Vollmer laughed about that comment in an interview last month.

“I would have liked to be a little closer to her to give her a little more of a scare for the gold medal,” she said. “For her to go as fast as she did [a half-second better than Vollmer’s personal best] was insane.”

Vollmer will be 32 come 2020, which is older than any previous U.S. Olympic female swimmer save Dara Torres, who raced at Sydney 2000 at age 33 and Beijing 2008 at 41.

Vollmer has been touched by words from other moms at playdates in the park this fall. They say she inspired them to believe they can achieve a life balance of being a mom while also pursuing their own self-interests, particiularly in physical fitness.

It could be just the start, especially if a pregnant Vollmer suits up for meets in the next year or so.

“I don’t know what my ‘fly would look like, and I don’t know how slow it might be,” she said. “It would be more about getting in and having fun racing a 100 fly.”

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USA Hockey to start reaching out to potential replacement players

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USA Hockey will begin reaching out to “alternate players” to determine their interest in playing for the U.S. at the women’s world championship next week amid a potential boycott by its national team.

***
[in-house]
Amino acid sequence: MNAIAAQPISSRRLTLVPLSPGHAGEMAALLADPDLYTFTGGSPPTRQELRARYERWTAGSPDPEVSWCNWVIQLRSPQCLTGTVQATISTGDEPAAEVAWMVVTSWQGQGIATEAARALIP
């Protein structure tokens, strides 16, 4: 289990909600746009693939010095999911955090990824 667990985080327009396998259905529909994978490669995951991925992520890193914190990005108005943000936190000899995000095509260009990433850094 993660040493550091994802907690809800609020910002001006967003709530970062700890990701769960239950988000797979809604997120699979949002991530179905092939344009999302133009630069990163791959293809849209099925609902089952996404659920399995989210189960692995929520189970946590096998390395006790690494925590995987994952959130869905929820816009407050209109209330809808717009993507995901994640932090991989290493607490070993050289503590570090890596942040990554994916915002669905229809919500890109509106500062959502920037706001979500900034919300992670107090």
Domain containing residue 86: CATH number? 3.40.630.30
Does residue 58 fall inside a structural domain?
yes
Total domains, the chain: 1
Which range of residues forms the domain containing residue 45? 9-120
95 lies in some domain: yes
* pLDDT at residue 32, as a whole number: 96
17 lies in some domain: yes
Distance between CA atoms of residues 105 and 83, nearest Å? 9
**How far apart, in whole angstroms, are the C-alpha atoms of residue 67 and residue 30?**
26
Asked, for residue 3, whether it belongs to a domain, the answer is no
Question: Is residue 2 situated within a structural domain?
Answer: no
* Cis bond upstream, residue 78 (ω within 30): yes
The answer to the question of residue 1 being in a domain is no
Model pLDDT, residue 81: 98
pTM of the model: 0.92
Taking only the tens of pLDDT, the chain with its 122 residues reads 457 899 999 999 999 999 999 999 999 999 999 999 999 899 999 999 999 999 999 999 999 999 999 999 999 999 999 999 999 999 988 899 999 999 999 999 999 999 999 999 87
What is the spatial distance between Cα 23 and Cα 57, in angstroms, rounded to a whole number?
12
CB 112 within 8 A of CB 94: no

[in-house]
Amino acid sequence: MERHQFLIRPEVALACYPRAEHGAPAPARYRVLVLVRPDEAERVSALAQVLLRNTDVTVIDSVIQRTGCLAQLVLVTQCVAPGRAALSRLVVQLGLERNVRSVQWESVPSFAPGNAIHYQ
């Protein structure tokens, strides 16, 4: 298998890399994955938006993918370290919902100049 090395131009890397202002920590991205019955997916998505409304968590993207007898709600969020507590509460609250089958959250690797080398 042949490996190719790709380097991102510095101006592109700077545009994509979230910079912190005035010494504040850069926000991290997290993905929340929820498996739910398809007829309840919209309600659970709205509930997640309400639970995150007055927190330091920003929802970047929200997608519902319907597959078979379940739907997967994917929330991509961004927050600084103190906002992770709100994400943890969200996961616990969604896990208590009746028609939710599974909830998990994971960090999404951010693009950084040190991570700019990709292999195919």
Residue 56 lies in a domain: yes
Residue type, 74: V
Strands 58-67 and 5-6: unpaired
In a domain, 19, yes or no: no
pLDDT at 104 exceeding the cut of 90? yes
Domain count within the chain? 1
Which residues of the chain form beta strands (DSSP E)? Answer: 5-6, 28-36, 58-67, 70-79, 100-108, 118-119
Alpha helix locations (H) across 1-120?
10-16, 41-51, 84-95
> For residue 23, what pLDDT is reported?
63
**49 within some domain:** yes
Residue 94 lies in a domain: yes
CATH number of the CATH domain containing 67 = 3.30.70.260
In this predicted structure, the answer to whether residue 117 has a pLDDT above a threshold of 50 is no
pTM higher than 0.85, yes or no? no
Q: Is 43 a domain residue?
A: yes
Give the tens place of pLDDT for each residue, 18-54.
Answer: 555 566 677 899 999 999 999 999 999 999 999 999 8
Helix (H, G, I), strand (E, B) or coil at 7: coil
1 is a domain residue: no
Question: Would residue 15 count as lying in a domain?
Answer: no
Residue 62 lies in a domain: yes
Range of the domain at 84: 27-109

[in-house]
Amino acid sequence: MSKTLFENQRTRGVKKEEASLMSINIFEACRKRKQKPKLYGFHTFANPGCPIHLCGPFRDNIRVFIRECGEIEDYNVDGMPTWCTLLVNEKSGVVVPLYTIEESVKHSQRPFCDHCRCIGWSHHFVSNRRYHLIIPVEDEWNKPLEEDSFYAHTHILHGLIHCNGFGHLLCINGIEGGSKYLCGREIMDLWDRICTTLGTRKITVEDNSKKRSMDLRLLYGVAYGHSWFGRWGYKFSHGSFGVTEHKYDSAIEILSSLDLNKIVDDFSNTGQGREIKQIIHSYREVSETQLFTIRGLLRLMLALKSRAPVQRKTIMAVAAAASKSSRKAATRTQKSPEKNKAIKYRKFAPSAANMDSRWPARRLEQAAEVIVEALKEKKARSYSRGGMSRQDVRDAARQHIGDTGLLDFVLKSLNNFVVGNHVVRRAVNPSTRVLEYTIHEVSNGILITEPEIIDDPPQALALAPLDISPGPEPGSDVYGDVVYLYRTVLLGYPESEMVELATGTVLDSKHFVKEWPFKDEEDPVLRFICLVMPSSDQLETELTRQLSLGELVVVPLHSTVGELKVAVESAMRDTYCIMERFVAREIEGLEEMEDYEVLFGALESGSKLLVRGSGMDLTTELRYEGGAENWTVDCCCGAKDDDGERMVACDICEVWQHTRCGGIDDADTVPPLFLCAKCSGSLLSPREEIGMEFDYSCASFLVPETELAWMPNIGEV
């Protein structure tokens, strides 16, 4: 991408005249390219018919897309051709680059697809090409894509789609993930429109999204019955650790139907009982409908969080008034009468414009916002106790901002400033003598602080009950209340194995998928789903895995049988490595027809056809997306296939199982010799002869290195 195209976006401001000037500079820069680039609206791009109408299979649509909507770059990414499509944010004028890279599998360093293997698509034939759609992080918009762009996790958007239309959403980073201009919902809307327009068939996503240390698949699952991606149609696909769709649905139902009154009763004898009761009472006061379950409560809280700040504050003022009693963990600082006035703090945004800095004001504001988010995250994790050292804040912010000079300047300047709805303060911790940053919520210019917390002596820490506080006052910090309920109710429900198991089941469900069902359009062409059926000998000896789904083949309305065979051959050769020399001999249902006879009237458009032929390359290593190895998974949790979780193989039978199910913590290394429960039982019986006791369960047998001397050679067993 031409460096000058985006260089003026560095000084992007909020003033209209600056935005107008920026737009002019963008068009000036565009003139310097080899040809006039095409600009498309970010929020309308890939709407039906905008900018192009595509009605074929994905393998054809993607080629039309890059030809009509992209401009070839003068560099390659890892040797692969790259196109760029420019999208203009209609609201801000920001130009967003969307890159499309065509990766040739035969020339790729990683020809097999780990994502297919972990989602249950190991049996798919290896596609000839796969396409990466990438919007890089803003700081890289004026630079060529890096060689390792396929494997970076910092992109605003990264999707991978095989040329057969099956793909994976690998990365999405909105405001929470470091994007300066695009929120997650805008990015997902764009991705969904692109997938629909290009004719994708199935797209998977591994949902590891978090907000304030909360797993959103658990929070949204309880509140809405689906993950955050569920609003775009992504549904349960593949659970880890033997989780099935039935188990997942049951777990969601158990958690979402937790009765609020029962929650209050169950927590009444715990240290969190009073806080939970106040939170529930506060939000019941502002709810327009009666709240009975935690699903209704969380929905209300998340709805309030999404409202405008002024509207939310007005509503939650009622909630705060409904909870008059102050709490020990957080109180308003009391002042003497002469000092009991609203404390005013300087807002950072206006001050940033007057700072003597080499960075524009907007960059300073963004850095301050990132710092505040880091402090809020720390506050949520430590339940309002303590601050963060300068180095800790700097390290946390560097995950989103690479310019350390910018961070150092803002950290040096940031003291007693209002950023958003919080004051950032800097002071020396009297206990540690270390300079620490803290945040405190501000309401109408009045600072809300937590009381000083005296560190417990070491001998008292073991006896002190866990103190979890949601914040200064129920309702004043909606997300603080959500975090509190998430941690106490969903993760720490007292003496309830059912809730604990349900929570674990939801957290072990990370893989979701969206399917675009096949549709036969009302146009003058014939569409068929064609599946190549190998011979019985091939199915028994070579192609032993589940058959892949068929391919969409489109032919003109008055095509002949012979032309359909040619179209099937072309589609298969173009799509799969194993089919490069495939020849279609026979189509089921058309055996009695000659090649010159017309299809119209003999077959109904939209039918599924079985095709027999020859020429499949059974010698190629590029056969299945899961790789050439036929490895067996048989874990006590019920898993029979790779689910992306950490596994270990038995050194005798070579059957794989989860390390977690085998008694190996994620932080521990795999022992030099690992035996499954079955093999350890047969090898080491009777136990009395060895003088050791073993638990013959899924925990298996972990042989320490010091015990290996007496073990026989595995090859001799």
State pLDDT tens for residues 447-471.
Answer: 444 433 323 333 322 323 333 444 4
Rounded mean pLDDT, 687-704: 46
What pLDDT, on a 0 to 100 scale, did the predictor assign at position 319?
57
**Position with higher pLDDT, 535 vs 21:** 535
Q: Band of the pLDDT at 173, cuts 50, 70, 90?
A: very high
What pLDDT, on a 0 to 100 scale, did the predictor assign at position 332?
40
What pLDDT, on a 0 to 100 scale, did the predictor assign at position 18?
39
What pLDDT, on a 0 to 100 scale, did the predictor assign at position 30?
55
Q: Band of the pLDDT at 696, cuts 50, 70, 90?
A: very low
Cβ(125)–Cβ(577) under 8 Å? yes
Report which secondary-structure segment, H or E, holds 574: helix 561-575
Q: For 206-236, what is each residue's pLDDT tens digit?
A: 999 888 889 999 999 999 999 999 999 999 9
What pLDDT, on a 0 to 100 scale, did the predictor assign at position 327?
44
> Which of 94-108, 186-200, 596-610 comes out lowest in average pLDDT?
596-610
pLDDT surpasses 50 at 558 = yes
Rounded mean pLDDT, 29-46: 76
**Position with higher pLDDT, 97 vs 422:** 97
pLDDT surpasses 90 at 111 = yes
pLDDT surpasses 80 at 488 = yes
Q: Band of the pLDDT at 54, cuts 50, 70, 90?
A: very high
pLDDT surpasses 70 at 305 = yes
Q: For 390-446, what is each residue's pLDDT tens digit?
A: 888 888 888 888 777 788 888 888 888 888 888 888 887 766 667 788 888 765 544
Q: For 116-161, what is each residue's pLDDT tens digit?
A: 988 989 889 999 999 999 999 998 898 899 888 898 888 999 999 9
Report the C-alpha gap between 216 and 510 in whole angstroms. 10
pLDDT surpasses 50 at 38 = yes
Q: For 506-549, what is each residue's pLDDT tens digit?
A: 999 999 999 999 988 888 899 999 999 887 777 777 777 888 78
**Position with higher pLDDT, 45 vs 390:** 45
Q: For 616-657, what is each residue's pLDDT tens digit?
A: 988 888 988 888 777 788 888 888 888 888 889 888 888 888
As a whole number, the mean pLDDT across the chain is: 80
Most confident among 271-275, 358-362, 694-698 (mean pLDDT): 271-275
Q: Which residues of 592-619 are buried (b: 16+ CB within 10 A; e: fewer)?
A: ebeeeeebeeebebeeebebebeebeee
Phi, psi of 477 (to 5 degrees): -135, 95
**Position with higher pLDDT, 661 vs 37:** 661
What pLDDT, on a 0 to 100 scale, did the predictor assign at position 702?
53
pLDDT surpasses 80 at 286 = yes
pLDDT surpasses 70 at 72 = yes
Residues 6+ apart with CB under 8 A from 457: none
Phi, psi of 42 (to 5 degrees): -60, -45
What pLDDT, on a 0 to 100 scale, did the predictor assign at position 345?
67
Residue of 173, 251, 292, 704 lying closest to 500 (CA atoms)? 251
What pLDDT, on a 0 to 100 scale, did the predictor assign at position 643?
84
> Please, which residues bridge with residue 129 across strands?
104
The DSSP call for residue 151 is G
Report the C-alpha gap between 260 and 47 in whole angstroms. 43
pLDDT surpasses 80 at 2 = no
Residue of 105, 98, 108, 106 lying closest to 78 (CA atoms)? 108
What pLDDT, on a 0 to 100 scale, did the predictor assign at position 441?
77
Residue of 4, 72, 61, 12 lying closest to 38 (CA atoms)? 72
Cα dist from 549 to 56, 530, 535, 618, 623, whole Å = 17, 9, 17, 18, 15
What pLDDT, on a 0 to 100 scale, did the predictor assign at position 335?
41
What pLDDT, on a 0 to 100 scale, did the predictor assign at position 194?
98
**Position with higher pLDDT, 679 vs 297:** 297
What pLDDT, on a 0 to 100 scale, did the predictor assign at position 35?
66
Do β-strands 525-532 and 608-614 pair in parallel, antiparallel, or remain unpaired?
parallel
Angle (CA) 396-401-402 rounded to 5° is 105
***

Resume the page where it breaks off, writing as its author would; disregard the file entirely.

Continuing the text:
The contact is taking place in the event a resolution cannot be reached between USA Hockey and the women’s national team in a wage dispute.

“It’s important for everyone to understand clearly that our objective is to have the players we named as the U.S. women’s national team be the ones that compete in the world championship,” said Dave Ogrean, executive director of USA Hockey, in a statement. “Productive conversations have taken place this week and are ongoing in our collective efforts to reach a resolution.”

The alternate players are in the professional NWHL and college, according to USA Today, a report that USA Hockey would not confirm.

U.S. captain Meghan Duggan has said every player in the U.S. national team player pool, plus under-18 national team players, committed to not playing at worlds unless the wage dispute is resolved.